Julia Hülsmann Quartet w/Theo Bleckmann: A Clear Midnight (ECM 2418)

A Clear Midnight

Julia Hülsmann Quartet
w/ Theo Bleckmann
A Clear Midnight – Kurt Weill and America

Theo Bleckmann vocals
Julia Hülsmann piano
Tom Arthurs trumpet, flugelhorn
Marc Muellbauer double bass
Heinrich Köbberling drums
Recorded June 2014 at Rainbow Studio, Oslo
Engineer: Jan Erik Kongshaug
Produced by Manfred Eicher

In his book Kurt Weill: An Illustrated Life, biographer Jurgen Schebera shares the following anecdote from behind the scenes of the composer’s renowned The Threepenny Opera:

“One day the lead, Harald Paulsen, who had previously played mostly in operettas and was an idol of Berlin’s female theater audience, insisted on wearing a frightful blue bow tie with his suit. [Bertolt] Brecht saved the day: ‘Let’s leave him as he is, oversweet and charming. Weill and I will introduce him with a Moritat that tells of his gruesome and disgraceful deeds. The effect made by the light-blue bow will be all the more curious.’ Thus the ‘Moritat von Mackie Messer’ (Mack the Knife) was born practically overnight.”

The story of Weill’s most well-known song is indeed illustrative of a life filled with sudden changes—none so dramatic, in the most multivalent sense of the term, as his fleeing of Nazi Germany to take up residence in New York. His transition, as one alliterative songbook title would have it, from Berlin to Broadway gave his music new audiences, just as his music gave audiences something new. Although it would be decades from his death in 1950 before his work would gain recognition beyond the handful of popular numbers, Weill has now become a household name in songs of the stage.

Pianist Julia Hülsmann carries over the same quartet—with trumpeter Tom Arthurs, bassist Marc Muellbauer, and drummer Heinrich Köbberling—from 2013’s In Full View and to that outfit welcomes vocalist Theo Bleckmann to celebrate Weill in America. The result of an invitation to participate in the Kurt Weill Festival held is Dessau, Germany, Hülsmann’s new project grew to prominence until it landed in ECM’s lap with every edge smoothed to jigsaw compatibility. Every new arrangement comes from within the group, with Muellbauer and Hülsmann taking most of the credit in that vein.


Bleckmann is a natural tenor whose voice combines the smooth, pop sensibilities of French singer Louis Philippe and the intuition of Meredith Monk, with whom he has incidentally worked. (It’s Monk, in fact, to whom Bleckmann most overtly alludes in “Little Tin God” when he borrows the wordless lilt of the travelers from her Book of Days.) The song itself comes by way of Lost in the Stars, and concerns itself with the idolization of money over God. Looped, multi-tracked voices and dissonant clockwork pianism emphasize its lyrical unease, the full quartet emerging only to break itself down like a set into resonant finish. The lesser-performed “Your Technique” and “Great Big Sky,” both from the annals of the Unsung Weill, are equally haunting in their present guises. In addition to their delicate prosody, both feature colorful touches from the rhythm section and, in the latter instance, shine light on a largely forlorn set list. And even though “Speak Low” (from One Touch of Venus) occupies the opposite end of the obscurity spectrum, its retrospective mood and expository finesse align it well with the lesser-knowns. It is second perhaps only to the above-mentioned “Mack The Knife,” which in Hülsmann and Bleckmann’s ponderous co-arrangement takes on such lucidity as to become something of its own. Arthurs’s trumpeting makes noteworthy additions to this introductory track as well.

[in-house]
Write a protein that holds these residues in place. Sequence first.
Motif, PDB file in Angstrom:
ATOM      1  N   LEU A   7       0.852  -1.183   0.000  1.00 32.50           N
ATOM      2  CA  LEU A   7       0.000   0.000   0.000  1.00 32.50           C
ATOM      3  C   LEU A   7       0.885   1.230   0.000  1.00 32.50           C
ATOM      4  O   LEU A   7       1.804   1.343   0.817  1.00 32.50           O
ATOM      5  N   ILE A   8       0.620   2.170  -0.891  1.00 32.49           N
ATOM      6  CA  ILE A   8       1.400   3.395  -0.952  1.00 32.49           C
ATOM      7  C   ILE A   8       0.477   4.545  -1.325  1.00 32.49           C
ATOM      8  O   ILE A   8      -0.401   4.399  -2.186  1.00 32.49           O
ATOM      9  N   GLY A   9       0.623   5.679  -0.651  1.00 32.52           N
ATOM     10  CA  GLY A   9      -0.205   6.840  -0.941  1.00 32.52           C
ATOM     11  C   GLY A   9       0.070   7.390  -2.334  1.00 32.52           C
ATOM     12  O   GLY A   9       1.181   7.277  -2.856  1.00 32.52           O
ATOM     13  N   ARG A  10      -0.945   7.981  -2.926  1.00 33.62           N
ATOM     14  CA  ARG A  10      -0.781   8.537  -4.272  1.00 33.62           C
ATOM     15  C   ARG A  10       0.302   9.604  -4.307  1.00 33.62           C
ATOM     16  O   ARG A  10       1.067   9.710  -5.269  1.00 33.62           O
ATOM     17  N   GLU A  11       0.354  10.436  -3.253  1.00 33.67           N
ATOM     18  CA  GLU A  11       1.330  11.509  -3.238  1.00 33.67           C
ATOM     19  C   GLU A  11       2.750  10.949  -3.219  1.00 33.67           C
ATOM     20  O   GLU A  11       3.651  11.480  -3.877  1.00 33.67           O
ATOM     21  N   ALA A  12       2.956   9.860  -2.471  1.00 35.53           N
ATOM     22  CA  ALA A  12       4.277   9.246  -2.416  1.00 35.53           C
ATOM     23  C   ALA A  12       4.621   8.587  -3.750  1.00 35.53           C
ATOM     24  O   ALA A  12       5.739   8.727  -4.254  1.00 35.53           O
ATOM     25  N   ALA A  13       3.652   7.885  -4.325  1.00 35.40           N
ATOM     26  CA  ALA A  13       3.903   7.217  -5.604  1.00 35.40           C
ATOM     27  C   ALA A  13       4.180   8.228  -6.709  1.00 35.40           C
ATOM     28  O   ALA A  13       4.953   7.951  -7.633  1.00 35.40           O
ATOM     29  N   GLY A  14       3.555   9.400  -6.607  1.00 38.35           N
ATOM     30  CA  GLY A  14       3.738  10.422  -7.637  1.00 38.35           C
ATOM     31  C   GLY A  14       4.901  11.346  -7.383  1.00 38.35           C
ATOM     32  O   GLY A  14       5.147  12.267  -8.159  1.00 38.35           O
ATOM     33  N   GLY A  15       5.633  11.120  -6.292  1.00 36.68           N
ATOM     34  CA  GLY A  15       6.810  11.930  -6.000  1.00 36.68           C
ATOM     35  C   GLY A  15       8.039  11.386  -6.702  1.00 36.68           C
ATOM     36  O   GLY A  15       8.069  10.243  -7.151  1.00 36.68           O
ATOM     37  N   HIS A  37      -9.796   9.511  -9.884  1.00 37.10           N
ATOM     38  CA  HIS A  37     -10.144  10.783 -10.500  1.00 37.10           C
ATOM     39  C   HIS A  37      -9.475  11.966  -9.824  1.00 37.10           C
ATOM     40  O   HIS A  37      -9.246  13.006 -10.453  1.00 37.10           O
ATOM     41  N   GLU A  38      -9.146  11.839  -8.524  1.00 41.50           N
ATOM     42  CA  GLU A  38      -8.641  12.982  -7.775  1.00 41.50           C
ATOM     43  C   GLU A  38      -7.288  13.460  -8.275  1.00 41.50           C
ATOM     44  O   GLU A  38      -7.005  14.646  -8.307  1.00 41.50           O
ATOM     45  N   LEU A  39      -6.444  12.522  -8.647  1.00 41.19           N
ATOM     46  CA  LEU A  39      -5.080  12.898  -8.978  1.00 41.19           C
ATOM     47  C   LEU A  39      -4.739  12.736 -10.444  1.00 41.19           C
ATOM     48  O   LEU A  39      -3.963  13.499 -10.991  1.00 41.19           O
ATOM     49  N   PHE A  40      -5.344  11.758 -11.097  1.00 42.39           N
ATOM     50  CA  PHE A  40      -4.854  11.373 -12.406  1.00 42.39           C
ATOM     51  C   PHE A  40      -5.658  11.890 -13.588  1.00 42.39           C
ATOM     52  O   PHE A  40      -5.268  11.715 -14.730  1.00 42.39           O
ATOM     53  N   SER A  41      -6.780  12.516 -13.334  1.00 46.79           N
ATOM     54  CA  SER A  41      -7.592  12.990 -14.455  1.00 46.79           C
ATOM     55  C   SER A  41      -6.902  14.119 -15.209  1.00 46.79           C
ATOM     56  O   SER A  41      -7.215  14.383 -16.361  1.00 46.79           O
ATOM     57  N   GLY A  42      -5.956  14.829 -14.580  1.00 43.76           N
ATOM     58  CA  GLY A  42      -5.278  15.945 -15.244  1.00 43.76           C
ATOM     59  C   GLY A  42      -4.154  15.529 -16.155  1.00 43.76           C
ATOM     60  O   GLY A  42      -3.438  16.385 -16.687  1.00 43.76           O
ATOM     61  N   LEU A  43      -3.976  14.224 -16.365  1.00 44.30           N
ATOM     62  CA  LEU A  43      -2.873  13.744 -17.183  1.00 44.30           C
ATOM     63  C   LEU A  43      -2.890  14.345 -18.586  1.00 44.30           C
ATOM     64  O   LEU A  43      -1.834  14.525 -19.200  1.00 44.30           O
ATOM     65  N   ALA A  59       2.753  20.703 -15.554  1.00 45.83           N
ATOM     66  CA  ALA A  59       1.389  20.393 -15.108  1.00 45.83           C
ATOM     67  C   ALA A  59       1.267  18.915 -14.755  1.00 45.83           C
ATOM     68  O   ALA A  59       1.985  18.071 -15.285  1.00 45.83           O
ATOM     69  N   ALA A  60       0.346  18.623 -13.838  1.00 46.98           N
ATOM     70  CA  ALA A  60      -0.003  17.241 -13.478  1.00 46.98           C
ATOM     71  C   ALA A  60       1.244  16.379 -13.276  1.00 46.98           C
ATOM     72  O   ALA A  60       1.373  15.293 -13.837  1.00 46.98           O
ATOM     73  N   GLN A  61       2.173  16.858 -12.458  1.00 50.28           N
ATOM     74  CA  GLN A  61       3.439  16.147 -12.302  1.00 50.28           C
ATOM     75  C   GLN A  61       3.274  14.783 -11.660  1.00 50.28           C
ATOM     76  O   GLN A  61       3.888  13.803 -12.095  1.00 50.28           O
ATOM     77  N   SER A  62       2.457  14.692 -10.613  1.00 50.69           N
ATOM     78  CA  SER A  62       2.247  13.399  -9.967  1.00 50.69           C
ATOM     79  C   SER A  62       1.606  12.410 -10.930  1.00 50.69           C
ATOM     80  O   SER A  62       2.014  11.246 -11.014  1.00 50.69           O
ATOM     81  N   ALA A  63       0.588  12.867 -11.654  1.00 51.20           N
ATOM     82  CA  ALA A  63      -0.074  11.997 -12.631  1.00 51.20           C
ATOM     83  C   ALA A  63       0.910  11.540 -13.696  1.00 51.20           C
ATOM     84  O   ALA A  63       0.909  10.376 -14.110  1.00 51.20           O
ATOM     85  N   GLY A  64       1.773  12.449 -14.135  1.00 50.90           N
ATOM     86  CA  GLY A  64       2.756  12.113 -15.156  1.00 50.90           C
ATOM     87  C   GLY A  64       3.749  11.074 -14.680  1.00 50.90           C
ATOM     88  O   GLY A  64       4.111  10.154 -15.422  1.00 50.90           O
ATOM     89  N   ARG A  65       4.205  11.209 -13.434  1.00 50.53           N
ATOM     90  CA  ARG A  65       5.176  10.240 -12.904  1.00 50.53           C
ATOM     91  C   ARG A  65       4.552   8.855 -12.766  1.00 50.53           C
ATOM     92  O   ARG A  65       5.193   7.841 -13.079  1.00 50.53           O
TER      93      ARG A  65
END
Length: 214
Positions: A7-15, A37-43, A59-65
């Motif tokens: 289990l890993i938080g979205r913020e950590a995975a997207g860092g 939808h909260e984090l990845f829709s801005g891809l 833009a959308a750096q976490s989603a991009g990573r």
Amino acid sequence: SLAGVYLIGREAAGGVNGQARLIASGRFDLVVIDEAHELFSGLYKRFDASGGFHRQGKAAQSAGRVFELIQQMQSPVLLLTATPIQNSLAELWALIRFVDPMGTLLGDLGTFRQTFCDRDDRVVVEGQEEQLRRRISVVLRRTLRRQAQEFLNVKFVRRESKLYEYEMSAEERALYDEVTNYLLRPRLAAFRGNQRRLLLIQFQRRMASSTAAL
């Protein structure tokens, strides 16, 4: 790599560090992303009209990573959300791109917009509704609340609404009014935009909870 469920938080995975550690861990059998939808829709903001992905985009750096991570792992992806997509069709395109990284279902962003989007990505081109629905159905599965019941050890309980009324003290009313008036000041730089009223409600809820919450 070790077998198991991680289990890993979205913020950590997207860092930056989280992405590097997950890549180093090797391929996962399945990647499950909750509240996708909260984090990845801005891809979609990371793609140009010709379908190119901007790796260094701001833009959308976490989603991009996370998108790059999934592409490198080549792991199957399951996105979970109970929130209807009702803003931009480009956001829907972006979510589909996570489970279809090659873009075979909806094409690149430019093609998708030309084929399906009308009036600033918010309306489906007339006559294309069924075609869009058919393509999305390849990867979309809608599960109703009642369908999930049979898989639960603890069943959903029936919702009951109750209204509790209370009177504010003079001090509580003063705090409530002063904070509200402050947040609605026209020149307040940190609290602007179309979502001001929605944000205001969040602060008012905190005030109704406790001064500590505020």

In addition to Brecht’s self-aware moroseness (as filtered through Marc Blitzstein’s superseding English adaptation), we are treated to other finely crafted lyrics by Anne Ronell (“Your Technique”), Maxwell Anderson (“September Song” and “Little Tin God”), Ira Gershwin (“This Is New”), Ogden Nash (“Speak Low”), and Langston Hughes (“Great Big Sky”). Hülsmann’s tracing and Arthurs’s muted trumpet transform “September Song” (from Knickerbocker Holiday) from oil to watercolor, while “This Is New” (from Lady in the Dark) spins its key changes like a web of attraction into a blissfully modal tail. Likeminded enchantments abound in two gorgeously realized instrumentals. “Alabama Song” (from Rise and Fall of the City of Mahagonny) magnifies the album’s pristine recording, cymbals glittering like magic, while “River Chanty” (from Huckleberry Finn) finds Arthurs at the helm, leading the quartet into melodious, full-on journeying.